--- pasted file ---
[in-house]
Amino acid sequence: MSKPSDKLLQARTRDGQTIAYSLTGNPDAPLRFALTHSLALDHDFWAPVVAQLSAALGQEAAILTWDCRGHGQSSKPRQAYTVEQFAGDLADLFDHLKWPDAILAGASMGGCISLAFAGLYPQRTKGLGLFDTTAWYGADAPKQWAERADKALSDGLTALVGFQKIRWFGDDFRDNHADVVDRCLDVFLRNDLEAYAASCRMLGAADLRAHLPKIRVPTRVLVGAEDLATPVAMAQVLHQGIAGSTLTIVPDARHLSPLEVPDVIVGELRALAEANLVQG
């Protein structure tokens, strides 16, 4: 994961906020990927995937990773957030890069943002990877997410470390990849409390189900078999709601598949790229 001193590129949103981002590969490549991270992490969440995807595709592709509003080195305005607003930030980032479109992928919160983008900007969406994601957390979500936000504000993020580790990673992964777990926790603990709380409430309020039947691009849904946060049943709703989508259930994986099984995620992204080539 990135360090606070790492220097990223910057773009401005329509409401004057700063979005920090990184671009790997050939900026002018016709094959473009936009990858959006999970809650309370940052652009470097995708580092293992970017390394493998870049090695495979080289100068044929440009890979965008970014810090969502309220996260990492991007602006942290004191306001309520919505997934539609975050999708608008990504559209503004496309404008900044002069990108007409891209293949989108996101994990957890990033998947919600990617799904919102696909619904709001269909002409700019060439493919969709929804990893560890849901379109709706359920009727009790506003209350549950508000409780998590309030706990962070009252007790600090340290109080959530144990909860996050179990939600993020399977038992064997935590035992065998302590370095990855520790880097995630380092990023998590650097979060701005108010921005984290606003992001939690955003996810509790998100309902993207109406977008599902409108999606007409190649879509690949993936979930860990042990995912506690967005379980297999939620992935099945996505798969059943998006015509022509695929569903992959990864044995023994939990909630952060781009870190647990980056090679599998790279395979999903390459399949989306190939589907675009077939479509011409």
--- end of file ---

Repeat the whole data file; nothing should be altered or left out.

[in-house]
Amino acid sequence: MSKPSDKLLQARTRDGQTIAYSLTGNPDAPLRFALTHSLALDHDFWAPVVAQLSAALGQEAAILTWDCRGHGQSSKPRQAYTVEQFAGDLADLFDHLKWPDAILAGASMGGCISLAFAGLYPQRTKGLGLFDTTAWYGADAPKQWAERADKALSDGLTALVGFQKIRWFGDDFRDNHADVVDRCLDVFLRNDLEAYAASCRMLGAADLRAHLPKIRVPTRVLVGAEDLATPVAMAQVLHQGIAGSTLTIVPDARHLSPLEVPDVIVGELRALAEANLVQG
């Protein structure tokens, strides 16, 4: 994961906020990927995937990773957030890069943002990877997410470390990849409390189900078999709601598949790229 001193590129949103981002590969490549991270992490969440995807595709592709509003080195305005607003930030980032479109992928919160983008900007969406994601957390979500936000504000993020580790990673992964777990926790603990709380409430309020039947691009849904946060049943709703989508259930994986099984995620992204080539 990135360090606070790492220097990223910057773009401005329509409401004057700063979005920090990184671009790997050939900026002018016709094959473009936009990858959006999970809650309370940052652009470097995708580092293992970017390394493998870049090695495979080289100068044929440009890979965008970014810090969502309220996260990492991007602006942290004191306001309520919505997934539609975050999708608008990504559209503004496309404008900044002069990108007409891209293949989108996101994990957890990033998947919600990617799904919102696909619904709001269909002409700019060439493919969709929804990893560890849901379109709706359920009727009790506003209350549950508000409780998590309030706990962070009252007790600090340290109080959530144990909860996050179990939600993020399977038992064997935590035992065998302590370095990855520790880097995630380092990023998590650097979060701005108010921005984290606003992001939690955003996810509790998100309902993207109406977008599902409108999606007409190649879509690949993936979930860990042990995912506690967005379980297999939620992935099945996505798969059943998006015509022509695929569903992959990864044995023994939990909630952060781009870190647990980056090679599998790279395979999903390459399949989306190939589907675009077939479509011409």